It's 10:30 a.m. and the Tim Hortons queue, with only a passing nod to the "Please line up here" sign, actually begins deep inside the neighbouring Wendy's.
Does that sentence seem familiar? If you've read a story about Fort McMurray’s oil boom in the last 15 years the answer is likely yes.
The local Tim Hortons, "just off Highway 63," is a time-honoured symbol of the city’s economic boom that’s almost shopworn enough to make the phrase "time-honoured" itself feel like blushing. Consider, for instance, a story from the Financial Times from 2005, which notes:
"Some nights, the 24-hour Tim Hortons coffee shop in the northern Alberta town of Fort McMurray has little choice but to close at 10 p.m."
The Wall Street Journal, the business paper of record, follows a year later with:
"The 7 a.m. commute to the dozen or so oil sands projects that start 35 km north of town is marked by a traffic jam on the bridge over the Athabasca and at the parking lots of the two Tim Hortons."
Look back to July 2000 and the Edmonton Journal writes:
"The downtown Tim Hortons along busy Hwy 63 has had to close its drive-thru window on several occasions because it can’t find staff to tend it."
Its sister paper, the Calgary Herald, adds this tidbit a few years later:
"New employees at the downtown Tim Hortons, meanwhile, get an iPod Shuffle after three months."
(Full disclosure: This was written by one of authors of this story.)
The doughnut chain, as an emblem, is also versatile. The Globe and Mail trots it out in 2005 to illustrate Fort McMurray’s tight labour market:
"At Tim Hortons, just off Highway 63, a billboard blares out a starting wage of as much as $13 an hour for management trainees."
Late last year, the paper taps it again to illustrate the slump:
"Even the lineups outside a Tim Hortons drive-thru are shorter."
As a metaphor, Tim Hortons isn’t reserved for the ink-stained scribes of newspapers. In 2013, it was good enough for a literary magazine like The Walrus:
"Even getting a double-double at Tim Hortons takes a half-hour, despite a two-lane drive-thru."
And for a rock publication like Rolling Stone:
"There’s always a lineup at the Tim Horton’s drive-thru, where it can take 30 minutes to get a God damn coffee."
In a vibrant city full of colourful locals, small businesses, and more industry than you can shake a very large stick at, how has Tim Hortons managed to become a flag-bearer, at least in the minds of journalists, for Fort McMurray’s economic well-being?
Has the requisite Tim Hortons mention become a lazy cliché or is it more legitimate, a type of reportorial shorthand that effectively gestures toward deeper truths?
The answer is likely somewhere in the middle. What’s more certain is that the doughnut chain's 3,500-plus stores saturate Canada coast to coast. This ubiquity, says Chris Waddell, a journalism professor at Carleton University, allows Tim Hortons to function as a type of economic touchstone.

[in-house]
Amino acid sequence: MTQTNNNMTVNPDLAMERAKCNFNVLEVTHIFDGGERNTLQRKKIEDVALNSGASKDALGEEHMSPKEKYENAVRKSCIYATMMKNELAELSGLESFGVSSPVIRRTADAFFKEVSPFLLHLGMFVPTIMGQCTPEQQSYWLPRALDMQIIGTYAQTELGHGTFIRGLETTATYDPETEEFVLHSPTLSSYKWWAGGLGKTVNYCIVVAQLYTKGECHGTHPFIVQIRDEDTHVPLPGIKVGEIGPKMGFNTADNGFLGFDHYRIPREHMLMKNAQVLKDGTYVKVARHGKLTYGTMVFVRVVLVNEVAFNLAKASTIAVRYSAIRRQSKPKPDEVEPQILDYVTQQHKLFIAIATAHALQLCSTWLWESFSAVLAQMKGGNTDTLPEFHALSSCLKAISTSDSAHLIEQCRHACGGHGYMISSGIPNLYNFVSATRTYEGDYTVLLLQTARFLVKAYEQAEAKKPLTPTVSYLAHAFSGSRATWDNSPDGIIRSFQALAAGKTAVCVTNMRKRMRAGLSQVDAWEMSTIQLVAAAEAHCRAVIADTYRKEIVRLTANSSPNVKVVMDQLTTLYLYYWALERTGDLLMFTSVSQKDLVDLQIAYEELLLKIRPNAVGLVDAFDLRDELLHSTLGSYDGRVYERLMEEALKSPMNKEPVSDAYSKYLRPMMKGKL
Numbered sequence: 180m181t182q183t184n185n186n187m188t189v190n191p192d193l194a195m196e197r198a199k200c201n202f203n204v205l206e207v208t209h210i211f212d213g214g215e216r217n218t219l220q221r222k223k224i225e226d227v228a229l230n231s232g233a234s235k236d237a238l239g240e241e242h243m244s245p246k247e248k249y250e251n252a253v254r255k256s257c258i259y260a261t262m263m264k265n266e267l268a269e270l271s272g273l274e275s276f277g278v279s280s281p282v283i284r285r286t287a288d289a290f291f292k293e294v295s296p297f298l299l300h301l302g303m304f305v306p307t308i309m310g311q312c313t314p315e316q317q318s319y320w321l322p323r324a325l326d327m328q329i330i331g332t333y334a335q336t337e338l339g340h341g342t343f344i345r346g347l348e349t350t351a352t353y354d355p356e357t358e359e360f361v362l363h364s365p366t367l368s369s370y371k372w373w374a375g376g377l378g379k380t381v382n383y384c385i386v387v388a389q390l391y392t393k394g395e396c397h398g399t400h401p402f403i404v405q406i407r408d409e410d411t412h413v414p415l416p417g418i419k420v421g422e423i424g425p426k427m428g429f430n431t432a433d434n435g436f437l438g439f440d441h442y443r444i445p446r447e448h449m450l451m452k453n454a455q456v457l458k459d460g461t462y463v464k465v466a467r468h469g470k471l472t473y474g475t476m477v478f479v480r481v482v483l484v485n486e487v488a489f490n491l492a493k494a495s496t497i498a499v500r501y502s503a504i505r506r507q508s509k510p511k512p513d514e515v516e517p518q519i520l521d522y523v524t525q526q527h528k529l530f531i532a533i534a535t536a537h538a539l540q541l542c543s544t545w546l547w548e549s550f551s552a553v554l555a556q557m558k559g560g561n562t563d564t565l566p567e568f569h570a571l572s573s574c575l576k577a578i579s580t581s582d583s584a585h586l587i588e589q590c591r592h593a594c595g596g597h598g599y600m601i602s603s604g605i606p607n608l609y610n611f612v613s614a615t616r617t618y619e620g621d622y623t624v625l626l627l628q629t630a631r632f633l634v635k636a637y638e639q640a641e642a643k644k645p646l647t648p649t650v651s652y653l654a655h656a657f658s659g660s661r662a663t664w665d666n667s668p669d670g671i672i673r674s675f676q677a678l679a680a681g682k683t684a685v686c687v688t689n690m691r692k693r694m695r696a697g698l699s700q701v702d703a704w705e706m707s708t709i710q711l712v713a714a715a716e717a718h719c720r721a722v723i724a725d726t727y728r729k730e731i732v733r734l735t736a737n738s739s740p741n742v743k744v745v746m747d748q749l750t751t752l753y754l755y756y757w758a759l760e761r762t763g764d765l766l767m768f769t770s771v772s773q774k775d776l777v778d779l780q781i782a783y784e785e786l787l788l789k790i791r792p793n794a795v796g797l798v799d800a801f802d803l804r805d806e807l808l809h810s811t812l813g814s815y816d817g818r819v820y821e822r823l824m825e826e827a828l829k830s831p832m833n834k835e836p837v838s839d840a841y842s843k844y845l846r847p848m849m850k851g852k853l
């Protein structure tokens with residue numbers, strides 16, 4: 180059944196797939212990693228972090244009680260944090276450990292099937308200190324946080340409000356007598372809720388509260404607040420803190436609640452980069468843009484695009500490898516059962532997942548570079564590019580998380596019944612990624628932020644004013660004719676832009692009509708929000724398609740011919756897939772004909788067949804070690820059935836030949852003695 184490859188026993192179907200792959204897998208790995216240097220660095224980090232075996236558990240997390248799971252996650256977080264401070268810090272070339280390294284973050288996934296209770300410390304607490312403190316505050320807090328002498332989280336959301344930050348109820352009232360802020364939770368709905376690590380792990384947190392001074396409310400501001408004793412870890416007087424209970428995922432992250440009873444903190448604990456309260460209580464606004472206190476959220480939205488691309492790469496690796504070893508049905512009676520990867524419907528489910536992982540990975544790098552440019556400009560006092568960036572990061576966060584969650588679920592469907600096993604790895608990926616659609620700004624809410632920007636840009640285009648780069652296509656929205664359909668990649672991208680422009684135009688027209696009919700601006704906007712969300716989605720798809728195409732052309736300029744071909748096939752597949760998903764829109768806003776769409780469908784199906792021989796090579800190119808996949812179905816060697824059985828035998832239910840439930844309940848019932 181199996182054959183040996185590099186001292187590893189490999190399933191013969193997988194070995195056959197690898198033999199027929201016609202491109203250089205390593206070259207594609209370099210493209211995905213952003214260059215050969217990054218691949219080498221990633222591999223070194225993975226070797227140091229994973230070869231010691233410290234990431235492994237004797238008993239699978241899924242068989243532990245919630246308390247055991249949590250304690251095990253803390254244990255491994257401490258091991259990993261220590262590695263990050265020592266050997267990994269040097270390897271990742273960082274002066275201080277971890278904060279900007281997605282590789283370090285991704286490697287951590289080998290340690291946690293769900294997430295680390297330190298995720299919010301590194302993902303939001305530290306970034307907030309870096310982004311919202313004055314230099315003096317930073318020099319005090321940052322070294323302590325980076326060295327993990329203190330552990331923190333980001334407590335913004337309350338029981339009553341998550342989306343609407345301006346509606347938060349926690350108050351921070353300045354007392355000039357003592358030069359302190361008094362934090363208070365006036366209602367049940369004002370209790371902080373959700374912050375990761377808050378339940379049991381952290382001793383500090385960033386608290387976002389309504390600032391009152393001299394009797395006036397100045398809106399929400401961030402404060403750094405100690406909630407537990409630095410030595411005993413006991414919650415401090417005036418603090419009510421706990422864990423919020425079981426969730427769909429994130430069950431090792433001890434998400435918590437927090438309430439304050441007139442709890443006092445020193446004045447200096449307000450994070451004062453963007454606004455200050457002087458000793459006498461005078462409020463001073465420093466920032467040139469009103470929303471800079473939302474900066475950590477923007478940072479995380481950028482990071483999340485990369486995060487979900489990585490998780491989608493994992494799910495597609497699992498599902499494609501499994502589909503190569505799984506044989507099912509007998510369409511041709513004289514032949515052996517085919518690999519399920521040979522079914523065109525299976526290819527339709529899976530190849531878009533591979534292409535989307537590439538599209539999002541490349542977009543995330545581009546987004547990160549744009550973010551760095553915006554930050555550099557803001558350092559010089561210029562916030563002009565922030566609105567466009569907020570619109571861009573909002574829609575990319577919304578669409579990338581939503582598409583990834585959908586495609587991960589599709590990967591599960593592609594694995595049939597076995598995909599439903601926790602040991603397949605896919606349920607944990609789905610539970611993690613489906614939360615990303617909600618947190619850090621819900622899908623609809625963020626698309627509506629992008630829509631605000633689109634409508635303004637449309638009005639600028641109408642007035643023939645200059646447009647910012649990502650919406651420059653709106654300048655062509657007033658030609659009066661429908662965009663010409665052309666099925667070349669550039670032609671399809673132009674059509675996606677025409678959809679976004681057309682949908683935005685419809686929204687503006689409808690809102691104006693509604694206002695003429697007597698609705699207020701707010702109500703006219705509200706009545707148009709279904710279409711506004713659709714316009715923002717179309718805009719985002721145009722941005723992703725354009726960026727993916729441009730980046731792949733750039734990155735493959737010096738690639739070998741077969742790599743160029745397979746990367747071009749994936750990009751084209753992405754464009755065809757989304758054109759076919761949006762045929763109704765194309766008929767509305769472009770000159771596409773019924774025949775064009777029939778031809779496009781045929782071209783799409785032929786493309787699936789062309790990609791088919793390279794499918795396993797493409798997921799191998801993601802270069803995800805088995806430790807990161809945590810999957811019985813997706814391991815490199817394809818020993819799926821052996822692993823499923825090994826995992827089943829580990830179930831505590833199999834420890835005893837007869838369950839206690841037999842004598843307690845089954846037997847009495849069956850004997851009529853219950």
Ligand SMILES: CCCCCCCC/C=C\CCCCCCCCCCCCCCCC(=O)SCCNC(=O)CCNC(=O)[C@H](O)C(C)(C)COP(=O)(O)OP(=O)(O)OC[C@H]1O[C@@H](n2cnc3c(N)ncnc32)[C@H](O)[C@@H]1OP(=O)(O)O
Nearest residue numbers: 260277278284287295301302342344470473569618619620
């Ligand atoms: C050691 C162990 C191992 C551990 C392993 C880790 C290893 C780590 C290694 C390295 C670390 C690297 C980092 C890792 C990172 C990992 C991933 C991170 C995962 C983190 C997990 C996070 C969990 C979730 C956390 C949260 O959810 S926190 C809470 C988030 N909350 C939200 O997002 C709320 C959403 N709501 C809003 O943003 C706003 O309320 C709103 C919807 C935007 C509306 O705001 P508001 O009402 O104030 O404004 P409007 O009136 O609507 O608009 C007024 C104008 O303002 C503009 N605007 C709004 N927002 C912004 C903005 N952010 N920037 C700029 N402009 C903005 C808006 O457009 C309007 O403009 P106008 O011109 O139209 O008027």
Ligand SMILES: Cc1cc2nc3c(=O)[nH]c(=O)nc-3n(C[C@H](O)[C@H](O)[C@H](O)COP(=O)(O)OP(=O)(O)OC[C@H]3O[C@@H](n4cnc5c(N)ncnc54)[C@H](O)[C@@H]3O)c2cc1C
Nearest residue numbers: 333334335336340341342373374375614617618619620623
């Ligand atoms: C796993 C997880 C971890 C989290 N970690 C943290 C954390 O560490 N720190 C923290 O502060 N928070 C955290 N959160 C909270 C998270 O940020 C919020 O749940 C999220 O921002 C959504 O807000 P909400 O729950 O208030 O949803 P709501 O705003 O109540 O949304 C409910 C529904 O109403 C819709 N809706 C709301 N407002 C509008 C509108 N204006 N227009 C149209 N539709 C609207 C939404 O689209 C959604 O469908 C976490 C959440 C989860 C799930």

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"If you’re talking about labour, if you’re talking about the availability of getting workers, if you’re talking about how much you have to pay workers, if you’re talking about the number of Tim Hortons you have in a community of a certain population, it may not be a bad metaphor to use," says Waddell. "People can relate to it in one way or another."
Mentioning the hourly pay at Tim Hortons, Waddell adds, hits home in a way that talking about wages for someone driving the world’s biggest trucks on an ice road in a mammoth strip mine in Northern Alberta just doesn’t.
No gold pavement
When covering the latest boomtown such as Fort McMurray or Williston, North Dakota, a reporter on assignment will arrive to find, sadly, that the streets aren’t paved with gold. The boom (or bust) may be on, but the trick is showing the audience, as opposed to just telling them about it.
On the edge of downtown right beside, um, busy Highway 63, the location of the Tim Hortons makes it unavoidable. The store is also seemingly always busy. Mid-morning on a recent Friday, for instance, the wait for a double-double was seven minutes and 20 seconds, while the drive-thru, filled with late-model pickup trucks, went 19 vehicles deep.
Seeing such bustle will naturally inspire an intrepid reporter to seek out the store manager, in hopes of accessing the treasure trove of war stories that time behind the counter must surely have provided.
The journalist will soon find, unfortunately, that gaining an audience with the pope might be easier than talking to the local Tim Hortons shift supervisor. True to form, the corporate office denied a request to interview the general manager for this story.
Other stories, fortunately, abound. Locals can be interviewed, there are squatters in the forest and workers rent garage space for exorbitant sums. Oilsands mines can be toured and environmentalists queried.
Before it was knocked down, a visit to the Oil Can Tavern on Franklin Avenue always held the promise of some late-night colour.
Regardless of time spent, shoe leather burned, or stories ably told, the impression of a bustling Tim Hortons, which must burrow deep into a reporter’s brain, still frequently finds its way into the final copy.
"Labour shortages and high costs are evident in Fort McMurray, a distant 18th-century trading post that has become a bustling town of 58,000 ... Today, housing is in short supply, and median prices for single-family homes are close to $240,000, among the country's highest. Fast-food outlets such as Tim Hortons have had trouble attracting and keeping workers." — USA Today, September 2004
But enough of the labour woes of local coffee shops. How is Fort McMurray doing today?
Well, the "Help Wanted" sign in the Tim Hortons window remains a fixture despite the drop in oil prices.
Does this say everything that needs to be said about the local economy?
Really, only the Tim Hortons manager could tell us for sure.